|US20040167280 *||6 Jun 2002||26 Ago 2004||Hisayuki Kayanoki||Coating composition and article coated with the composition|
|US20040170773 *||4 Mar 2004||2 Sep 2004||Sonoco Development, Inc.||Packaging material, method of making it, and package and therefrom|
|US20040242729 *||30 May 2003||2 Dic 2004||3M Innovative Properties Company||Stabilized particle dispersions containing surface-modified inorganic nanoparticles|
|US20040244907 *||6 Jun 2003||9 Dic 2004||Huffer Scott W.||Methods of making printed labels and labeling articles|
|US20050000642 *||3 Jul 2003||6 Ene 2005||3M Innovative Properties Company||Cling articles|
|US20050113489 *||25 Nov 2003||26 May 2005||3M Innovative Properties Company||Solution containing surface-modified nanoparticles|
|US20060002843 *||2 Sep 2005||5 Ene 2006||3M Innovative Properties Company||Emulsions including surface-modified organic molecules|
|US20060073280 *||8 Oct 2003||6 Abr 2006||Michael Bauer||Method for producing uv abbsorption layers on substrates|
|US20060134362 *||17 Dic 2004||22 Jun 2006||3M Innovative Properties Company||Optically clear pressure sensitive adhesive|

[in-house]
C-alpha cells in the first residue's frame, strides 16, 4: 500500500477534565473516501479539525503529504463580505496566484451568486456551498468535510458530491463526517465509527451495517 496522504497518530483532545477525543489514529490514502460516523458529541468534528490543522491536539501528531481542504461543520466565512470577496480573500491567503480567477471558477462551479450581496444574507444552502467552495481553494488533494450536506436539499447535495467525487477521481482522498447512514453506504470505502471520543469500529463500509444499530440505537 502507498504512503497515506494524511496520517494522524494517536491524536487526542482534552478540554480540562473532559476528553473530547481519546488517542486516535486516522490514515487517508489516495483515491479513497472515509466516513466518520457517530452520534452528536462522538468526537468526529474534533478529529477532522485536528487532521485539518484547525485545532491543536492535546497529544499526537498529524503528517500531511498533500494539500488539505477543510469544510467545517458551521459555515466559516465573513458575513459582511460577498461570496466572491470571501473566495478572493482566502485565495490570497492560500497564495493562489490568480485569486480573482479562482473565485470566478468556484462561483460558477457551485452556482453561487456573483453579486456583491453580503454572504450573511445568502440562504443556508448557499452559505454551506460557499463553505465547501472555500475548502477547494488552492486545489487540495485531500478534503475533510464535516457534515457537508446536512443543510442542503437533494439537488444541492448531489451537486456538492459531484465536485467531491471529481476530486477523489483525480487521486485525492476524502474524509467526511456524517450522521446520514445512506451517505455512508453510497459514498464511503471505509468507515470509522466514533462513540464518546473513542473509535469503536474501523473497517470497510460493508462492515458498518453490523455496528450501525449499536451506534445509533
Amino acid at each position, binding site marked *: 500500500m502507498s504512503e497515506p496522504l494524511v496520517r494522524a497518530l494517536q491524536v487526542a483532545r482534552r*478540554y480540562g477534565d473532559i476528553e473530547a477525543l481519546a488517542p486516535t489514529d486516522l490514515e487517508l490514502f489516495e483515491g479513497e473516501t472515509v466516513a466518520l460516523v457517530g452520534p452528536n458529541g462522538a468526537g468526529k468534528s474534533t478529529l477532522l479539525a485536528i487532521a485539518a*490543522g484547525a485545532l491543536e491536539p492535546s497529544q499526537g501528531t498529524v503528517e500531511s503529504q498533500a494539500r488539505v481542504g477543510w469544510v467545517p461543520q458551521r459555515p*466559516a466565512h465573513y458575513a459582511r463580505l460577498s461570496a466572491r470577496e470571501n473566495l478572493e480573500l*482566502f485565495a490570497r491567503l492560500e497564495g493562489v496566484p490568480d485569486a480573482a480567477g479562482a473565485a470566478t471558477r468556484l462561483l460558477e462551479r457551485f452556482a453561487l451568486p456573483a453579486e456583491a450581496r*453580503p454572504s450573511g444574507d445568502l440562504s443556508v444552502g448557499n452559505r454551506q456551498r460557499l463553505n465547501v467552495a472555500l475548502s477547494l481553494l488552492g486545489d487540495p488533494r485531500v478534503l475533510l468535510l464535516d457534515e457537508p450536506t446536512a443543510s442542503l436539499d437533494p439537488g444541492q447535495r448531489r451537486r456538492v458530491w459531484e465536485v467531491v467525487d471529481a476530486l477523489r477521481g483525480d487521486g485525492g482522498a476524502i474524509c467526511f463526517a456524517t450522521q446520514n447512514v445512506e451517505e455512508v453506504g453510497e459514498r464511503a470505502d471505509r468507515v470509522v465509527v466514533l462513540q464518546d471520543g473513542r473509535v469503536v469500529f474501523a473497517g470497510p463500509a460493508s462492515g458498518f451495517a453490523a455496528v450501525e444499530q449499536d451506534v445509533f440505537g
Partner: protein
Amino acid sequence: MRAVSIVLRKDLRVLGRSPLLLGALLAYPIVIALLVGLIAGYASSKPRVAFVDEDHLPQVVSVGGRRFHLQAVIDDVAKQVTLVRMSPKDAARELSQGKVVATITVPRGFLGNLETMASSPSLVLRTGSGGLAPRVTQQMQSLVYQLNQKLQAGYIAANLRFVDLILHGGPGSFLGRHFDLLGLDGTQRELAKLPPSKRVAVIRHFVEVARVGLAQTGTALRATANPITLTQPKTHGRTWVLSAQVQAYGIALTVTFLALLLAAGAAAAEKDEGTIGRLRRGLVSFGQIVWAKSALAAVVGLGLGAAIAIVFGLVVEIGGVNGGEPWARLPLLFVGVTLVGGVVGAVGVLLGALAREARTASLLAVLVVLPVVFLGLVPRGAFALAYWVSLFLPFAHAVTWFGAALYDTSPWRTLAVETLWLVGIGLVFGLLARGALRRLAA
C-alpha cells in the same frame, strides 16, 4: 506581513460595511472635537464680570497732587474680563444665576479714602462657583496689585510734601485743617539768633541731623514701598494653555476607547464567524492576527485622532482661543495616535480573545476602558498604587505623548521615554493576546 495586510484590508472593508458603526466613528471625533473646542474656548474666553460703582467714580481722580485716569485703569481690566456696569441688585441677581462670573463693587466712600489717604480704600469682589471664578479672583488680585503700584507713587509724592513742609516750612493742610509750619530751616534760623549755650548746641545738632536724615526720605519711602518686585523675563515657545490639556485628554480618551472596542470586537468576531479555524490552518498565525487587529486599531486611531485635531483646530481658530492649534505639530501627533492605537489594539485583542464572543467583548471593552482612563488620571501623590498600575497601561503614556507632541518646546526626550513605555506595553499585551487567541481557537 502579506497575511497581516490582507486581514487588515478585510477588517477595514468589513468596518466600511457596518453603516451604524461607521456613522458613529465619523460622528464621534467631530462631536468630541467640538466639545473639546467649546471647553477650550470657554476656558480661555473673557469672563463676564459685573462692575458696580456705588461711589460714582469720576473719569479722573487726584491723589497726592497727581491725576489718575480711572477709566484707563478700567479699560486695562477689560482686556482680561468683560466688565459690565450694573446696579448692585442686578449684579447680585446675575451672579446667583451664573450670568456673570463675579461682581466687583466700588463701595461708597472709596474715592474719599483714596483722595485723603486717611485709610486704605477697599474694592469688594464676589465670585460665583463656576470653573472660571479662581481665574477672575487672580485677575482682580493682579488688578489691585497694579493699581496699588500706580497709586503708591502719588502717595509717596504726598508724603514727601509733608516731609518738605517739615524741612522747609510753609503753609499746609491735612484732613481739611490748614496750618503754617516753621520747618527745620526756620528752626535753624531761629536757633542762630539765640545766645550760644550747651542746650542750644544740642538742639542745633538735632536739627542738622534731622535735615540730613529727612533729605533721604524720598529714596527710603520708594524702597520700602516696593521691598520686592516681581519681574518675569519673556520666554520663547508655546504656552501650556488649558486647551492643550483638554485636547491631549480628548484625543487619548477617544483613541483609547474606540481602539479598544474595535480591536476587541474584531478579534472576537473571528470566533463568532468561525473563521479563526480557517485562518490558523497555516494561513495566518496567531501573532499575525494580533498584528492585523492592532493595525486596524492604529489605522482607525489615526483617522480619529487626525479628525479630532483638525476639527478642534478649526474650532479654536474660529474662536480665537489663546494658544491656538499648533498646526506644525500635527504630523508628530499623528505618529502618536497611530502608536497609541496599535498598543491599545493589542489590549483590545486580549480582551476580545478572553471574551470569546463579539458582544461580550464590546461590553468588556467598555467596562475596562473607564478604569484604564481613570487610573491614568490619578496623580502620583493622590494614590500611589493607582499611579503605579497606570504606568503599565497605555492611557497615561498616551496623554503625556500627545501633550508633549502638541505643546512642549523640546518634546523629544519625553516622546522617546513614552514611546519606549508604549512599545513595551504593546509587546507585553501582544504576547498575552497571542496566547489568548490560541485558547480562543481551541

|US20060251848 *||20 Dic 2005||9 Nov 2006||Armstrong Sean E||Optical information storage medium possessing a multilayer coating|
|US20060251899 *||9 Dic 2005||9 Nov 2006||Liao Wen P||Process for manufacturing a multilayer article possessing a protective layer|
|US20060251901 *||8 Dic 2005||9 Nov 2006||Armstrong Sean E||Curable composition and substrates possessing protective layer obtained therefrom|
|US20060251906 *||14 Dic 2005||9 Nov 2006||Liao Wen P||Curable composition and article possessing protective layer obtained therefrom|
|US20060263607 *||9 Mar 2004||23 Nov 2006||Tokuyama Corporation||Photochromic multilayer body and method for producing same|
|US20070026195 *||14 Sep 2006||1 Feb 2007||3M Innovative Properties Company||Integrated granule product|
|US20070026237 *||21 Oct 2005||1 Feb 2007||Essilor International Compagnie Generale D'optique||Substrate with anti-soiling coating|
|US20070231577 *||30 Mar 2006||4 Oct 2007||Basf Corporation||Coatings for polycarbonate windows|
|US20070254166 *||14 Abr 2006||1 Nov 2007||3M Innovative Properties Company||Curable fluoroalkyl silicone composition|
|US20070254167 *||14 Abr 2006||1 Nov 2007||3M Innovative Properties Company||Composition containing fluoroalkyl silicone and hydrosilicone|